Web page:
Tunisia's parliament was Monday debating plans to set April 27 as the deadline for the finalisation of the new constitution and October 27 as the date for the next elections, as part of efforts to resolve a political crisis.
The deputy speaker of the National Constituent Assembly, Mehrezia Labidi, gave the dates in a posting on her Facebook page, as deputies met to draw up a calendar for the adoption of the constitution, as well as for elections.
Labidi, who belongs to the ruling Islamist party Ennahda, did not give a precise timetable for the adoption of the constitution as each article must be approved by an absolute majority of MPs before the entire text is put to a vote.
Unless it is approved by a two-thirds majority, it must be put to a referendum.
Several political timetables drawn up since Ennahda's sweeping election victory in the first post-revolution poll have not been respected.
More than two years after mass protests that toppled former dictator Zine El Abidine Ben Ali and inspired revolutions in other Arab Spring countries, Tunisia is still without a fixed political system due to a lack of consensus between the main parties.
Ennahda is pushing for a pure parliamentary system while others are demanding that the president retain key powers.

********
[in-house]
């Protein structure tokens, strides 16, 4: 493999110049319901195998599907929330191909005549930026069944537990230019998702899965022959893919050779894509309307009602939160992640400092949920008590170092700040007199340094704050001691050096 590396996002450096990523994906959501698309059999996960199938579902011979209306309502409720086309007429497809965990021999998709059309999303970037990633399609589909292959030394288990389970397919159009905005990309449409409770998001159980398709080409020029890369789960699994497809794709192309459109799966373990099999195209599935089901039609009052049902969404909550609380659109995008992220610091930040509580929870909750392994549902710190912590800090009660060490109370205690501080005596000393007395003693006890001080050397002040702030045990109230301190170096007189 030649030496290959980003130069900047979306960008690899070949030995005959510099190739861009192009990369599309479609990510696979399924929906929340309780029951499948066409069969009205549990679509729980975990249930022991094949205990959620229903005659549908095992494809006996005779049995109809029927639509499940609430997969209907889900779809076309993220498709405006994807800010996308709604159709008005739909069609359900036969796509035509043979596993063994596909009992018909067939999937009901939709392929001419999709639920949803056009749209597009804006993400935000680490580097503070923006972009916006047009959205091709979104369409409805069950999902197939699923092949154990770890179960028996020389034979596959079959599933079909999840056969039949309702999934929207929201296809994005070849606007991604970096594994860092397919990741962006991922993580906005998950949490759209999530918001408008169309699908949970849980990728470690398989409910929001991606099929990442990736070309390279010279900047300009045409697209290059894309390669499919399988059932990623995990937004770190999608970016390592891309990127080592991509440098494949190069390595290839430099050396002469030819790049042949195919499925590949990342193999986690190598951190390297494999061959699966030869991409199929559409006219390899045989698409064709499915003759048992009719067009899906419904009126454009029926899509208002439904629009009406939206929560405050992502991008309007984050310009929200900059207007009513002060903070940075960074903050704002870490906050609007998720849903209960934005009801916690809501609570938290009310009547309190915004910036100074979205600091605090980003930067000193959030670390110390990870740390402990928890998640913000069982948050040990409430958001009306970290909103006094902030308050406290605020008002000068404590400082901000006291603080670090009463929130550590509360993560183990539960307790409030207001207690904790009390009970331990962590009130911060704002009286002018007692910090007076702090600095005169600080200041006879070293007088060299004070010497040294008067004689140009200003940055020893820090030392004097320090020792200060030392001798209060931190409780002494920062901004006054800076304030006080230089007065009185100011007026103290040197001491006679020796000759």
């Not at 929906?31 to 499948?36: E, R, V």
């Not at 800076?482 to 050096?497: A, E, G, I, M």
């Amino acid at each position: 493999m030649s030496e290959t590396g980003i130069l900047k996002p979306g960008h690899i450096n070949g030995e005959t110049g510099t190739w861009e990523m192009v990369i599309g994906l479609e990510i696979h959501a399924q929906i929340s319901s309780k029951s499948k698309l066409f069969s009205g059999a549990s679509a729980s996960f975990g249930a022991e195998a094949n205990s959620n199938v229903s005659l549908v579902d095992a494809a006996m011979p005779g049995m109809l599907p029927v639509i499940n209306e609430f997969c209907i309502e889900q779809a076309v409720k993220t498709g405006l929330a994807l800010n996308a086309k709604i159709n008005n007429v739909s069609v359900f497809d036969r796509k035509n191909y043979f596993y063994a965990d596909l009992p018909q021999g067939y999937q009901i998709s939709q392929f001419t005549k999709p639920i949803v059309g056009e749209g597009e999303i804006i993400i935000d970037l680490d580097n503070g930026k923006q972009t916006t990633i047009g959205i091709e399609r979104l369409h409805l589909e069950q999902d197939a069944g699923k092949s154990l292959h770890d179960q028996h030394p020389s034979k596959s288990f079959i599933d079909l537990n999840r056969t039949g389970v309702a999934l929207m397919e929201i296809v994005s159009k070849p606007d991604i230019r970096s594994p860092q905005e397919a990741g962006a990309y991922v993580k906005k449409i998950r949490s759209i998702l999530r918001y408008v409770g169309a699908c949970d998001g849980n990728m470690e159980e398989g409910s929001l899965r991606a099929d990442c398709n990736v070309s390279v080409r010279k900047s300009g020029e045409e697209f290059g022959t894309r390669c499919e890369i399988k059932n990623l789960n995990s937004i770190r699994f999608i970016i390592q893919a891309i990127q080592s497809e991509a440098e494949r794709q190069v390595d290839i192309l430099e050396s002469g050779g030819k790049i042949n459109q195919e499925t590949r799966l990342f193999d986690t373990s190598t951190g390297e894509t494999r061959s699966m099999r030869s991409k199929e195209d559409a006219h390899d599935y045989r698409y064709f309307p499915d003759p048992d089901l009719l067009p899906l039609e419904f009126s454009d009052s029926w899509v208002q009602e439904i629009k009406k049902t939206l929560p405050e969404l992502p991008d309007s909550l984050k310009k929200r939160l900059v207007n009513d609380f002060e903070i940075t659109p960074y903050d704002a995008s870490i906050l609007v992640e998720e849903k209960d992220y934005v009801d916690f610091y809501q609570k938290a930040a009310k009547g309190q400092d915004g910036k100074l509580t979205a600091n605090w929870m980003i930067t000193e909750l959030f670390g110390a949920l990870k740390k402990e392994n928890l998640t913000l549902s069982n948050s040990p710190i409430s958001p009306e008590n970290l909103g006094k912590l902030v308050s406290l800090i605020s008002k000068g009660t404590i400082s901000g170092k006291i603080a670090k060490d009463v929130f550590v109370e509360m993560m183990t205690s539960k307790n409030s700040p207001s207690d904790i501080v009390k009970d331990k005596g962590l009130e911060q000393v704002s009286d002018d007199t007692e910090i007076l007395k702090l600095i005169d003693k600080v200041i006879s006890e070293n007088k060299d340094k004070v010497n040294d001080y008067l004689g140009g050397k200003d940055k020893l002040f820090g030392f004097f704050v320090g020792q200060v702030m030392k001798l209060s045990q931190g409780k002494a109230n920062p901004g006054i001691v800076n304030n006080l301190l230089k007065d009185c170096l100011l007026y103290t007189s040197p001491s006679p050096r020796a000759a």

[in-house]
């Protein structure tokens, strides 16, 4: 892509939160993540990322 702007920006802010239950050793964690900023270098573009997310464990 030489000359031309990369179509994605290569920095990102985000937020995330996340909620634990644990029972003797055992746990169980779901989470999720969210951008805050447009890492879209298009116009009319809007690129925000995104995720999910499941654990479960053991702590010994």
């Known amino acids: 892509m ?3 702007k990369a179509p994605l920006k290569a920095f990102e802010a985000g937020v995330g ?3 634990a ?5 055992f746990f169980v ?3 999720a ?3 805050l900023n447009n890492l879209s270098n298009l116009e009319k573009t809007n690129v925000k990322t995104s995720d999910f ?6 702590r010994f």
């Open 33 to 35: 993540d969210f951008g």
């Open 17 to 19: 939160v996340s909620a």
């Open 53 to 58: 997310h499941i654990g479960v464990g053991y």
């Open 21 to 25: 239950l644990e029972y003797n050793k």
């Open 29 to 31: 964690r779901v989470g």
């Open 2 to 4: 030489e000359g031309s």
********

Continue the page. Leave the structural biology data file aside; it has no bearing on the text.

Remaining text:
Assembly speaker Mustapha Ben Jaafar has called for an end to the tug-of-war, with the political uncertainty in Tunisia exacerbated by social tensions and the growing influence of militant Islamist groups.
"We must abandon narrow party interests even if that means making sacrifices, retreating. It is in the interests of Tunisians," Ben Jaafar, whose secular Ettakatol is one of Ennahda's partners in the outgoing three-party coalition, said at the weekend.
"Our people are patient but their patience has its limits, we must attend to their problems," he added.
Aside from the parliamentary deadlock, Tunisia has been grappling with a political crisis triggered by the killing last month of Chokri Belaid.
There are hopes that it may finally be able to overcome this crisis, which brought down the government of Hamadi Jabali, when parliament holds a vote of confidence on Tuesday for premier-designate Ali Larayedh's new cabinet line-up.